During the Communist rule in Russia, the industry and land were mostly nationalized, and many of the previous landowners or industrialist were either exiled or physically exterminated. However, the capitalism didn't fully cease to exist:

  • Firstly it was given a license during the periods of the New Economic Policy, but also during Perestroika (in the form of Cooperatives.)
  • In the late years of the USSR private production was allowed on a household level, and the produce could be openly sold in a marketplace. It was also possible to own a several hundred square meters of agricultural land (aka "dacha") with a house on it.
  • Capitalism probably never ceased to exist as an illegal activity ("black markert") - from small exchanges, like paying a plumber or a fixer in cash to have repairs at home, as stealing and reselling stuff, and even as illegal industries (e.g., I have heard of a clandestine kosher bakery, although I am not sure what was its legal status.)

The questions are:

  • What percentage of the Soviet economy continued to exist in capitalist form? (This is perhaps hard to answer about the clandestine part, but estimates might exist.)
  • Was this continued existence simply tolerated or was it consciously allowed (or perhaps even encouraged?) under Marxist vision - perhaps as a transitory state between Capitalism and Communism.
  • Was such an activity in most cases built from zero or can we speak of a continuing existence of a bourgeois class (e.g., passing enterprises as inheritance to their children), and how much of this class survived from the pre-revolutionary period?

In regard to the last question, and as a reason to think that some of the bourgeoisie could survive from pre-revolutionary times, I would like to quote Lenin from The Proletarian Revolution and the Renegade Kautsky:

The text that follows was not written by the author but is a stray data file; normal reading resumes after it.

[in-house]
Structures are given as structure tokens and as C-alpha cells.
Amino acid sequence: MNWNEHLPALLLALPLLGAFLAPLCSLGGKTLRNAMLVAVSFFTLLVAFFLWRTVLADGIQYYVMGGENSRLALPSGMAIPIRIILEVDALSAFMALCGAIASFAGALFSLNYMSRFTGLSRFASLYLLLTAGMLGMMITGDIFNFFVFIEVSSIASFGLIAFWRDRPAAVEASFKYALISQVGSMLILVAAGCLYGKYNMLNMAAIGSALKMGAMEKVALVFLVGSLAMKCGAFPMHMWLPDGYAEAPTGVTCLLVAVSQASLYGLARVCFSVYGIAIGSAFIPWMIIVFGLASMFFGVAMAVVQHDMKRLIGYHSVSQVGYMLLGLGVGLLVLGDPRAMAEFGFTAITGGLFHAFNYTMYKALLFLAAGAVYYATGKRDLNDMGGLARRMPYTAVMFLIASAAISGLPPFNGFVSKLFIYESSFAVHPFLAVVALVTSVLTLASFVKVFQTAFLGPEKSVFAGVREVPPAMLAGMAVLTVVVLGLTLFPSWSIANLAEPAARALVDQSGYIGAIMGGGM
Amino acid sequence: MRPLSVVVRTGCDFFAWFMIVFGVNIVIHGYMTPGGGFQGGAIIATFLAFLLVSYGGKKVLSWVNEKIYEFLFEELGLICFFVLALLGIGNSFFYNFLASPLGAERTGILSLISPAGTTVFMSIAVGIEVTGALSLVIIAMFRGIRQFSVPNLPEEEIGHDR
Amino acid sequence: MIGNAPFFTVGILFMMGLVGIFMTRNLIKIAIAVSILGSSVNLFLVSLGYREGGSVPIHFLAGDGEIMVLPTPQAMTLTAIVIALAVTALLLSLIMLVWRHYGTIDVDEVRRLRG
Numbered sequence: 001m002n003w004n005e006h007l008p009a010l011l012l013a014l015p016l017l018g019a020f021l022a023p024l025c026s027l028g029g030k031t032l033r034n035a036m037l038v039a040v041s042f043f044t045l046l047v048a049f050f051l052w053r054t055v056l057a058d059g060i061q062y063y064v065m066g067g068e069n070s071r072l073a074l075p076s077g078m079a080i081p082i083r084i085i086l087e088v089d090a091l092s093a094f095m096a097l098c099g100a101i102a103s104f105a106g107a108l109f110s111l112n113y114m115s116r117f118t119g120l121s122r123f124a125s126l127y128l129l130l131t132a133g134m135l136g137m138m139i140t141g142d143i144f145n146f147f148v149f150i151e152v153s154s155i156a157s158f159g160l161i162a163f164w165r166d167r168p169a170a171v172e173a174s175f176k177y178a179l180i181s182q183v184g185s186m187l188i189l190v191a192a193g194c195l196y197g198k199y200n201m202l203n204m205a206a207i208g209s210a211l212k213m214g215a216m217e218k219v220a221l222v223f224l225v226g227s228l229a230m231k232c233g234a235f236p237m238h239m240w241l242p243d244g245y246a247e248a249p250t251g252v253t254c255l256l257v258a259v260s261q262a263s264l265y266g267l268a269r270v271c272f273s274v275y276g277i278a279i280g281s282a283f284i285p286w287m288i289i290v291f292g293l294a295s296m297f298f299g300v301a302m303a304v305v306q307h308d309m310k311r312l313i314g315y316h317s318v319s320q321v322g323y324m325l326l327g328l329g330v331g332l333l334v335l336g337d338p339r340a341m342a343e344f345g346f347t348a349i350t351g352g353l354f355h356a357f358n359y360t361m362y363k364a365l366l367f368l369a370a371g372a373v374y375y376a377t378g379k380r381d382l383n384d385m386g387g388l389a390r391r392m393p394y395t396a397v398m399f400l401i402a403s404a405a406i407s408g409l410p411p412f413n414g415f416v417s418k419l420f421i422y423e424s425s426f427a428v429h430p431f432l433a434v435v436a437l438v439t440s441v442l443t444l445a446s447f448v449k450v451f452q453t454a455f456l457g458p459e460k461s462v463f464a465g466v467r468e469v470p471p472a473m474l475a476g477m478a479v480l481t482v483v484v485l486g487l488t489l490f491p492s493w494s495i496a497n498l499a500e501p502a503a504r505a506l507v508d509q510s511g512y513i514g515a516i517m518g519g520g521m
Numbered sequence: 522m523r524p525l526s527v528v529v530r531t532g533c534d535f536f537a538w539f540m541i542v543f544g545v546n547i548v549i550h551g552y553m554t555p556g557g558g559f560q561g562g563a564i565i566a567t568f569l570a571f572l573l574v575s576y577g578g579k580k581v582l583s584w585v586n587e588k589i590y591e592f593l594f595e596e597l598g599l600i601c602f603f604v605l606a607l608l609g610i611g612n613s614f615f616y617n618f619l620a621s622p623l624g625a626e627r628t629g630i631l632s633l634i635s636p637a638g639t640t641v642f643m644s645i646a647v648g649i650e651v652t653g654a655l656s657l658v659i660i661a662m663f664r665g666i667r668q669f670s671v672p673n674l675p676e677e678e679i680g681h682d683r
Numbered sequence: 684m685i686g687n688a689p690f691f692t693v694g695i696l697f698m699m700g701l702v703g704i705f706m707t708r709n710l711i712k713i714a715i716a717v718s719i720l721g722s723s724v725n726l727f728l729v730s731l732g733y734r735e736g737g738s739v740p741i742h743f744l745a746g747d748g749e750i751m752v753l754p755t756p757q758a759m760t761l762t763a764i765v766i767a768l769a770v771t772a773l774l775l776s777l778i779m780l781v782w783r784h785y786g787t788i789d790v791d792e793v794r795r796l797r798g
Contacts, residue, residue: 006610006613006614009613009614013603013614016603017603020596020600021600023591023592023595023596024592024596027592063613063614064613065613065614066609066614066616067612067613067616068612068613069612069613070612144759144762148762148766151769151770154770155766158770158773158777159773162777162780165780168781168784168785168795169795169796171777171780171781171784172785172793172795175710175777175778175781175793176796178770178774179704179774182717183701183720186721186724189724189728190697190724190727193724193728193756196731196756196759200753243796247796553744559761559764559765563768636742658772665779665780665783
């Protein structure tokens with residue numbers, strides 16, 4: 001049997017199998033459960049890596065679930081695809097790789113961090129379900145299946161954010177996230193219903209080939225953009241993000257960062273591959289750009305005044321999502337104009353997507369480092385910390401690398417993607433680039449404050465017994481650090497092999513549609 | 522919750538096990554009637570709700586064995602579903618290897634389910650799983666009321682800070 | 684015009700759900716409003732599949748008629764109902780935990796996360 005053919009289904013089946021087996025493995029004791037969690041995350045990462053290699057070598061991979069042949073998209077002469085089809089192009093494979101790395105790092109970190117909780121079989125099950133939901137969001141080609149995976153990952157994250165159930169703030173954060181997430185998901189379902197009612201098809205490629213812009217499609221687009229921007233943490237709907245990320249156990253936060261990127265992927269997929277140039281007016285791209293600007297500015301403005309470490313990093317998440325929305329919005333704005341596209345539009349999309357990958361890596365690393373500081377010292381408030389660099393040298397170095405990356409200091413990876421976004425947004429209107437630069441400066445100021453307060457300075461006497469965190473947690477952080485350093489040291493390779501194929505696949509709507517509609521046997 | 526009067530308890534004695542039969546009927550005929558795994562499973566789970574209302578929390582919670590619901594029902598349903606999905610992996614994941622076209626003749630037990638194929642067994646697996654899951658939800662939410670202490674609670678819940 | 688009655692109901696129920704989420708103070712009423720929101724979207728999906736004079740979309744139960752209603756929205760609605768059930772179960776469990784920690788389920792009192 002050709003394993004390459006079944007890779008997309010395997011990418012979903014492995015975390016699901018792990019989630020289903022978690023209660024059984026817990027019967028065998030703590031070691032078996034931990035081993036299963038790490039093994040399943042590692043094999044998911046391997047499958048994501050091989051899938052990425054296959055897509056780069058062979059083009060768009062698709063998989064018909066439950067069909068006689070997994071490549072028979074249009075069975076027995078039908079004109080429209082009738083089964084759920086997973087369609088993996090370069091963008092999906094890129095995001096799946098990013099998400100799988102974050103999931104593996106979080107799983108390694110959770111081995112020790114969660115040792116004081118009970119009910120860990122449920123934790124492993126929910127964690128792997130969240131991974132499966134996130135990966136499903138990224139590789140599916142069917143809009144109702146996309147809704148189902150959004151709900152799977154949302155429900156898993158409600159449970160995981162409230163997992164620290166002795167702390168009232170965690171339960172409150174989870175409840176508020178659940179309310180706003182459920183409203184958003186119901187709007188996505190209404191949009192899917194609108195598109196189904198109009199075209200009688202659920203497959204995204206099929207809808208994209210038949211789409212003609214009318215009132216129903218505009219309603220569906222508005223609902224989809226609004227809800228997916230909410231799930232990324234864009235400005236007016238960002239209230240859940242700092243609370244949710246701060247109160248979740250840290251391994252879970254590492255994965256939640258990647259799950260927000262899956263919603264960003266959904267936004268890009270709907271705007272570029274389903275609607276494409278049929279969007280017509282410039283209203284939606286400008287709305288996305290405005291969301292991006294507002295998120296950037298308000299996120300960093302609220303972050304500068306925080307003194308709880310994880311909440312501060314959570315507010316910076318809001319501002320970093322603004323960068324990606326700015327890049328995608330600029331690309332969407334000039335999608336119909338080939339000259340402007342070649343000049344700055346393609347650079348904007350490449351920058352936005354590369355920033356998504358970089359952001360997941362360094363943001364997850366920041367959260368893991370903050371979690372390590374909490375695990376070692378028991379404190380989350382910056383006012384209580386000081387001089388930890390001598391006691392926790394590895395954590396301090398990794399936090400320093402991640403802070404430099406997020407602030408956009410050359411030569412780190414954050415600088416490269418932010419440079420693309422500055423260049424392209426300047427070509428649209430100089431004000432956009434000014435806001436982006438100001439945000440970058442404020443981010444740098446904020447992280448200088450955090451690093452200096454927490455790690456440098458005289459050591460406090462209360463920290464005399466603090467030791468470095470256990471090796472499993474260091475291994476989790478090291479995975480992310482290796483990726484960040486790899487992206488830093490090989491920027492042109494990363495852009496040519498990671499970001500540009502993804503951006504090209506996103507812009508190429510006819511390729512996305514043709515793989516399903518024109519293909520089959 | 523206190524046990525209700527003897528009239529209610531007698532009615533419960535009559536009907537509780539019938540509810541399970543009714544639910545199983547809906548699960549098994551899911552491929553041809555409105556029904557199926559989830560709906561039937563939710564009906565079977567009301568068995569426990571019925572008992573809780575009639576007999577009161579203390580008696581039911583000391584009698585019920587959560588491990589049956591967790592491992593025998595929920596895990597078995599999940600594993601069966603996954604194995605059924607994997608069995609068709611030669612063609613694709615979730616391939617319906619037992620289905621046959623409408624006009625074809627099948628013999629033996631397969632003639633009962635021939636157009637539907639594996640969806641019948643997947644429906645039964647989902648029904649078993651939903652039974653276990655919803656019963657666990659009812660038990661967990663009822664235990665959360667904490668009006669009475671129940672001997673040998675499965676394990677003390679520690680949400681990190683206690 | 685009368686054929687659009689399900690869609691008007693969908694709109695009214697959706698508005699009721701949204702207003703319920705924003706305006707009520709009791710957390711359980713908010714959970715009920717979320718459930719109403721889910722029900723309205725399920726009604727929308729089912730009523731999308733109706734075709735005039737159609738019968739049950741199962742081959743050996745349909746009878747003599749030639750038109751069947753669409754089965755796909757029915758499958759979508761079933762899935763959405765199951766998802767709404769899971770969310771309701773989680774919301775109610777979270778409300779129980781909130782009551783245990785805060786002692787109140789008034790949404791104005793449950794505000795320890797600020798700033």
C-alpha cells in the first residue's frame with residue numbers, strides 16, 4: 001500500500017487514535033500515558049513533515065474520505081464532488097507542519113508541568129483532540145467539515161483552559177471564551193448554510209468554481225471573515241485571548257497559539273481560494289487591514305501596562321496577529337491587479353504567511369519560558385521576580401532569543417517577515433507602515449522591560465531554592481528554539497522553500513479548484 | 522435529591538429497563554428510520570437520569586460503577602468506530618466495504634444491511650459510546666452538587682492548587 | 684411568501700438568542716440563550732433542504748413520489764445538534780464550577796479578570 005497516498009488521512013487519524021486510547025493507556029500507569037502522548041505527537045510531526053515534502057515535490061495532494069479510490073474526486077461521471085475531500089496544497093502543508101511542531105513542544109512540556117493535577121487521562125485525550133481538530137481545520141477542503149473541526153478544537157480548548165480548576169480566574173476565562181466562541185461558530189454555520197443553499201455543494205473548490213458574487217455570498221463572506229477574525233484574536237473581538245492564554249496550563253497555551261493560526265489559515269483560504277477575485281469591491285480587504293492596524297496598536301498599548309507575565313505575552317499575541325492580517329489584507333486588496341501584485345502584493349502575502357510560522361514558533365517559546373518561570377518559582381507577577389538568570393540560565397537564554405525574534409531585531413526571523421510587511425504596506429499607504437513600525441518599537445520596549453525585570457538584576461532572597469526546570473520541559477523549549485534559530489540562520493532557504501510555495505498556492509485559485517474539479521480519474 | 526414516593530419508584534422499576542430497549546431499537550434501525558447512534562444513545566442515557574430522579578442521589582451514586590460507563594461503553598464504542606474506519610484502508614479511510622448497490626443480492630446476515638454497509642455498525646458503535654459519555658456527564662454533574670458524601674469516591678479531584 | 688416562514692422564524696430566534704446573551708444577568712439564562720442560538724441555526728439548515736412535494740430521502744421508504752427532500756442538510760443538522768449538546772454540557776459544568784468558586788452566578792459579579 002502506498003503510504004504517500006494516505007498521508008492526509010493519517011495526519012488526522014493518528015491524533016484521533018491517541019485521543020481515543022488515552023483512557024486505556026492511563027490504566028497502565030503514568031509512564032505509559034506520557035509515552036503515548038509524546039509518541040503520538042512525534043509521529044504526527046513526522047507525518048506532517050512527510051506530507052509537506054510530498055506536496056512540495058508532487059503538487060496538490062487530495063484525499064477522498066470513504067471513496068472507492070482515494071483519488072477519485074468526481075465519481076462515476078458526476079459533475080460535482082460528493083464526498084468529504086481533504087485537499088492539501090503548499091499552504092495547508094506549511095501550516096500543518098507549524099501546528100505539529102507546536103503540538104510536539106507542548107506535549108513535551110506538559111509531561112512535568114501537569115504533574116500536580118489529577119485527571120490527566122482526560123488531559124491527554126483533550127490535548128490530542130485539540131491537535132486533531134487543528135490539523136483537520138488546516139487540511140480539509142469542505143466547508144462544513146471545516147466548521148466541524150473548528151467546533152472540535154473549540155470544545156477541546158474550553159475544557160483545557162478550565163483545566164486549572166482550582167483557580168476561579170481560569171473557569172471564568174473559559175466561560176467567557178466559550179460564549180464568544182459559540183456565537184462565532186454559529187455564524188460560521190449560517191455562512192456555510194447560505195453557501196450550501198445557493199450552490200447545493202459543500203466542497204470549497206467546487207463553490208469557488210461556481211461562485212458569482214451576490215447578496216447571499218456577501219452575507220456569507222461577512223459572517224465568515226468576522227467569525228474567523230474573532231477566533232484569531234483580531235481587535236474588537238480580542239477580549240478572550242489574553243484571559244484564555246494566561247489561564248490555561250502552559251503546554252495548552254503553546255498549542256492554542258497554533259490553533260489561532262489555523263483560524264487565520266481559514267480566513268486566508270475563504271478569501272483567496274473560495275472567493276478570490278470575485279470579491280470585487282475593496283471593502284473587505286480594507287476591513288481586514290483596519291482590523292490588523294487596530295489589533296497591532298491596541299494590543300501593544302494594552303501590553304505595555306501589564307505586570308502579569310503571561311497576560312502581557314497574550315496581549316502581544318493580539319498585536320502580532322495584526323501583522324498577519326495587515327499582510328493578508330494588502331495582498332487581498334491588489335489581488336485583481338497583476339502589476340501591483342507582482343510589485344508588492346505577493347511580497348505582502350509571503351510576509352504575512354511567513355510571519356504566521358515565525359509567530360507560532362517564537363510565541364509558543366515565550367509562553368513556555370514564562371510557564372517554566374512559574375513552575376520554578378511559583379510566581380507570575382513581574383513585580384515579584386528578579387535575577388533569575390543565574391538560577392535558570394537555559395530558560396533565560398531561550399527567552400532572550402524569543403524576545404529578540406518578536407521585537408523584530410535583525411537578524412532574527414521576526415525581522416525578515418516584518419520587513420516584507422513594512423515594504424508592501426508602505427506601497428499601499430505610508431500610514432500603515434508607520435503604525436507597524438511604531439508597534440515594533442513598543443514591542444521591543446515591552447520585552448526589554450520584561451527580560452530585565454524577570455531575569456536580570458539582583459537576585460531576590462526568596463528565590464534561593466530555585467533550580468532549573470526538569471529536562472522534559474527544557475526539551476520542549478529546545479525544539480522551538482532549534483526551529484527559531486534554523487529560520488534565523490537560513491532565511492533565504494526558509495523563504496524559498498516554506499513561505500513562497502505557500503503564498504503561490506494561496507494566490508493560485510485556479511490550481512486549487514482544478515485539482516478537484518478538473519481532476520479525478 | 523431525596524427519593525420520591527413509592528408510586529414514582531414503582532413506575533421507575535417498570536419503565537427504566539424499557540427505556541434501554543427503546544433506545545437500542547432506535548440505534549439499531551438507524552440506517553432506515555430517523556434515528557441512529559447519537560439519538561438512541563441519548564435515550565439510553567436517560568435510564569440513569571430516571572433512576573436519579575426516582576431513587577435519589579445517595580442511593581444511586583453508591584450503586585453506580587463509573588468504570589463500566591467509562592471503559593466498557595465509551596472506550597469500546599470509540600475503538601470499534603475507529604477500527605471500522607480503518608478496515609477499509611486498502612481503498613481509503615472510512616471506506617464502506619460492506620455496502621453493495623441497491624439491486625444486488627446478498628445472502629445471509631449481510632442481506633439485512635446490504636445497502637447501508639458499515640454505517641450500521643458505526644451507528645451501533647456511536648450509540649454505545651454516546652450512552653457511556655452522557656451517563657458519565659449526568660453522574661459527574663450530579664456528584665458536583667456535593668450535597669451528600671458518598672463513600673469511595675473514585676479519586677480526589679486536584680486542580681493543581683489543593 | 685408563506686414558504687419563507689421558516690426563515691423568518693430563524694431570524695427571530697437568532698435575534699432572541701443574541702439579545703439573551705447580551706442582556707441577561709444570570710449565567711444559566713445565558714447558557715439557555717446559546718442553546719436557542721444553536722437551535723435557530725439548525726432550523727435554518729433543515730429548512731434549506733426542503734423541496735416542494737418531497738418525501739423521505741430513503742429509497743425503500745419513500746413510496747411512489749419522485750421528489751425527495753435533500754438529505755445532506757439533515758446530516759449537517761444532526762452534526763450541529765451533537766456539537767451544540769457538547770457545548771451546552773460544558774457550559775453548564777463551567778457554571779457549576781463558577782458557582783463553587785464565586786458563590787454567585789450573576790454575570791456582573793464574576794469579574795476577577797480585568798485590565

There can be no equality between the exploiters — who for many generations have stood out because of their education, conditions of wealthy life, and habits — and the exploited, the majority of whom even in the most advanced and most democratic bourgeois republics are downtrodden, backward, ignorant, intimidated and disunited. For a long time after the revolution the exploiters inevitably continue to enjoy a number of great practical advantages: they still have money (since it is impossible to abolish money all at once); some movable property — often fairly considerable; they still have various connections, habits of organization and management, knowledge of all the “secrets” (customs, methods, means and possibilities) of management, superior education, close connections with the higher technical personnel (who live and think like the bourgeoisie), incomparably greater experience in the art of war (this is very important), and so on, and so forth.

(emphasis is mine.)

  • 1
    In the late years of the USSR private production was allowed the term 'private production' is pretty ambiguous, but with what I understand by it, it was always allowed in the USSR. You always could 'produce' something with your personal means (like breeding rabbits e.g) and then sell it on a local market. I've never heard that this was ever banned. Although after WW2 till Stalin's death there were high taxes on such activities (so that people reportedly refrained from such 'production').
    – d.k
    Commented Aug 29, 2023 at 10:06
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    Interesting topic, but I doubt it can be answered in the SO format. May take hundreds of pages to answer
    – d.k
    Commented Aug 29, 2023 at 10:08
  • @d.k This is indeed one thing that I was wondering about - whether selling your own stuff on a local market was tolerated under Stalin as much as in the 80s. Regarding your second comment - I would be greatful for a reference to a good text, even if it cannot be answered concisely here.
    – Roger V.
    Commented Aug 29, 2023 at 10:20
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    If you read Russian, take a look here: ru.m.wikipedia.org/wiki/…, especially regarding local markets ("колхозный рынок", yes, these were legal under Stalin) and percentages. Commented Aug 29, 2023 at 23:51